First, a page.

Women Named Teresa
Teresa? But your name is Tracey?
Well, yes, and no.
My mother did not like the name Tracey, and also thought that it was a name I would outgrow. Not a suitable name for a grown woman. So, she suggested Teresa, the name of her best friend. And, if my father insisted, they could call me Tracey. Well, insist he did. So, the name on my birth certificate is Teresa, but I have always been called Tracey by my family.
Women Named Tracey
I have had to explain my name several times throughout the years. "Teresa? I thought your name was Tracey?" people ask, often with a tone that implies, I have somehow gotten it wrong. "How do you get 'Tracey' from 'Teresa'?" people want to know. Shrug, ask my dad. Cashing birthday checks from my grandmother (written to Tracey) could be tricky. I even had some brain-dead bouncer outside a bar accuse me of trying to use my twin sister's ID to sneak in. Even if I were, I'd still be over 21 you dumb ass. (Pardon my French.) Or maybe he was just flirting with me. You can see why maybe I didn't date much.
It would have been simpler if Tracey were a common derivative of Teresa, like Terri or Tess, but it is not. I've been told it is common in Ireland. Yeah, whatever. I didn't grow up in Ireland. But my high school trigonometry teacher did. Mr. McGuigan. He said Teresa in such a way--Trrayza--that the Tracey became quite obvious. Thank you, Mr. McGuigan, for validating me and my deviant name.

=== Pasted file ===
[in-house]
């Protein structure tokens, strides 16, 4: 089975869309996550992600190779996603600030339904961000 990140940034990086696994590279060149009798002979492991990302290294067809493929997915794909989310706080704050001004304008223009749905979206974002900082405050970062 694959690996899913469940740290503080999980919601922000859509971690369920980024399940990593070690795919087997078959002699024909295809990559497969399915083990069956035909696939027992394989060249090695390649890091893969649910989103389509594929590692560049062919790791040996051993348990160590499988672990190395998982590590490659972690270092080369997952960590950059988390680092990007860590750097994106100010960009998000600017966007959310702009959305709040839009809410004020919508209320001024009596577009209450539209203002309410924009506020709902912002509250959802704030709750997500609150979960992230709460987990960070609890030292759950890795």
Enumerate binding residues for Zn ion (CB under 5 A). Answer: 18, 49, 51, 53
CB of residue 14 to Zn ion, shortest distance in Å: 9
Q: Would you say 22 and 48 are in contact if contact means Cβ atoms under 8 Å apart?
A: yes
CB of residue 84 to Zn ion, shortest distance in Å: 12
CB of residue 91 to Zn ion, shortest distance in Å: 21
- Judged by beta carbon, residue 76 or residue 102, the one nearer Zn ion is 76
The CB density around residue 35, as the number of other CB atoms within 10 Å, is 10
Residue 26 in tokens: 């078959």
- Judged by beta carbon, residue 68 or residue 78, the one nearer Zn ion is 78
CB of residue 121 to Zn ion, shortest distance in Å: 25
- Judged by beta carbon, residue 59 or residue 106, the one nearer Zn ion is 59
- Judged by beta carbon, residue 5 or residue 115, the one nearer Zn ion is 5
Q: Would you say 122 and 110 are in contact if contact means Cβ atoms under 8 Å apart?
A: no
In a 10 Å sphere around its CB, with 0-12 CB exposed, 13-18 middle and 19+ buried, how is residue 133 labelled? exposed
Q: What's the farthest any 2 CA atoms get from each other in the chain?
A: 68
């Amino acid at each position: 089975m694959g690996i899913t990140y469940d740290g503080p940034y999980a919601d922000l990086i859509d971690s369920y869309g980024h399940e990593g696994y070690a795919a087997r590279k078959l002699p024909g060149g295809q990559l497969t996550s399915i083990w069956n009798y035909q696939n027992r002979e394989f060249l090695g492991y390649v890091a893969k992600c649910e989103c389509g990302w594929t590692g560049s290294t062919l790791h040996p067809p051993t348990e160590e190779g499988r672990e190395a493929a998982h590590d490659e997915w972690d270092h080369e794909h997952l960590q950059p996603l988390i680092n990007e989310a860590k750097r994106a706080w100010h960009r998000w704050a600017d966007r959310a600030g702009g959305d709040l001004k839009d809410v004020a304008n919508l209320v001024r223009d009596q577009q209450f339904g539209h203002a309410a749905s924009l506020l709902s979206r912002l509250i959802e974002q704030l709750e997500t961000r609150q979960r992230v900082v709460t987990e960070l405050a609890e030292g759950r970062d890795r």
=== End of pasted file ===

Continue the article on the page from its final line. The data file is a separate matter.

As I understand it, Tracey is also a of bit a derogatory name in the UK. A girl who is a bit vapid and stupid. A waste of space or oxygen. Too many of them I guess.
It's not a great name. I don't love it. I don't even really like it all that much. It's just my name. Ho-hum. But it is my name, so after September 11, I had it legally changed to Tracey, so as to avoid any more (serious) complications. Only to find out, that on the birth certificates for my children, the State of California requires, not my legal name, but my birth name. Big sigh. So now, on paper at least, I am not even the mother to my own children. Which is going to make it difficult to get them passports. Maybe they are my twin sister's children. Ugh!
Bureaucratic red tape aside, I have come full circle. When our daughter was born fourteen months ago, I wanted to name her Catherine. Hubband didn't really like that name at first, but I talked him into it. "My mother wanted to name me Catherine," I explained. "But my father wouldn't let her. They are divorced now." So, our little girl is named Catherine.
Emotional blackmail? Maybe. I know you have to pick your battles in a marriage, but because of my (and my mother's) history with this issue, I wanted to win this one. And, Catherine is a lovely name.